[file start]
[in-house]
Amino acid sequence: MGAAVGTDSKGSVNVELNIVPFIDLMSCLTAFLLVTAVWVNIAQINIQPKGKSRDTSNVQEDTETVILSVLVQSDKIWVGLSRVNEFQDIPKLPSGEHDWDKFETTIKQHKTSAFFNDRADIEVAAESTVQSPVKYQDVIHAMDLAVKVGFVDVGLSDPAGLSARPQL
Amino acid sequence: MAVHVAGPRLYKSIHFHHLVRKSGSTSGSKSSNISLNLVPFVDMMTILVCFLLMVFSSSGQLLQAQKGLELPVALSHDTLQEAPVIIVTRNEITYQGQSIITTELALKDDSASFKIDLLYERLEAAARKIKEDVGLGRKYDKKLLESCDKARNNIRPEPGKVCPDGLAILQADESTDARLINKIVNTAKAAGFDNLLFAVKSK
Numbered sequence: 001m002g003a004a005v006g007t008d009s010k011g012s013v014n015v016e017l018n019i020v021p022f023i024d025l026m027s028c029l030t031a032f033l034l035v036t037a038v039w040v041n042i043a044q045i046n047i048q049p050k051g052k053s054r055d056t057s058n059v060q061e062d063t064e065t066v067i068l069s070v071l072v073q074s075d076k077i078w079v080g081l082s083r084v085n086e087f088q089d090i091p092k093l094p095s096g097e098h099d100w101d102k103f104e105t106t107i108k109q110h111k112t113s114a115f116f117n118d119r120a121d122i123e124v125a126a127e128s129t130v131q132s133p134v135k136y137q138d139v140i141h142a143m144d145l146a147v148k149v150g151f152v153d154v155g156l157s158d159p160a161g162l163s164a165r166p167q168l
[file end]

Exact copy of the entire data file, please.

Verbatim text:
[in-house]
Amino acid sequence: MGAAVGTDSKGSVNVELNIVPFIDLMSCLTAFLLVTAVWVNIAQINIQPKGKSRDTSNVQEDTETVILSVLVQSDKIWVGLSRVNEFQDIPKLPSGEHDWDKFETTIKQHKTSAFFNDRADIEVAAESTVQSPVKYQDVIHAMDLAVKVGFVDVGLSDPAGLSARPQL
Amino acid sequence: MAVHVAGPRLYKSIHFHHLVRKSGSTSGSKSSNISLNLVPFVDMMTILVCFLLMVFSSSGQLLQAQKGLELPVALSHDTLQEAPVIIVTRNEITYQGQSIITTELALKDDSASFKIDLLYERLEAAARKIKEDVGLGRKYDKKLLESCDKARNNIRPEPGKVCPDGLAILQADESTDARLINKIVNTAKAAGFDNLLFAVKSK
Numbered sequence: 001m002g003a004a005v006g007t008d009s010k011g012s013v014n015v016e017l018n019i020v021p022f023i024d025l026m027s028c029l030t031a032f033l034l035v036t037a038v039w040v041n042i043a044q045i046n047i048q049p050k051g052k053s054r055d056t057s058n059v060q061e062d063t064e065t066v067i068l069s070v071l072v073q074s075d076k077i078w079v080g081l082s083r084v085n086e087f088q089d090i091p092k093l094p095s096g097e098h099d100w101d102k103f104e105t106t107i108k109q110h111k112t113s114a115f116f117n118d119r120a121d122i123e124v125a126a127e128s129t130v131q132s133p134v135k136y137q138d139v140i141h142a143m144d145l146a147v148k149v150g151f152v153d154v155g156l157s158d159p160a161g162l163s164a165r166p167q168l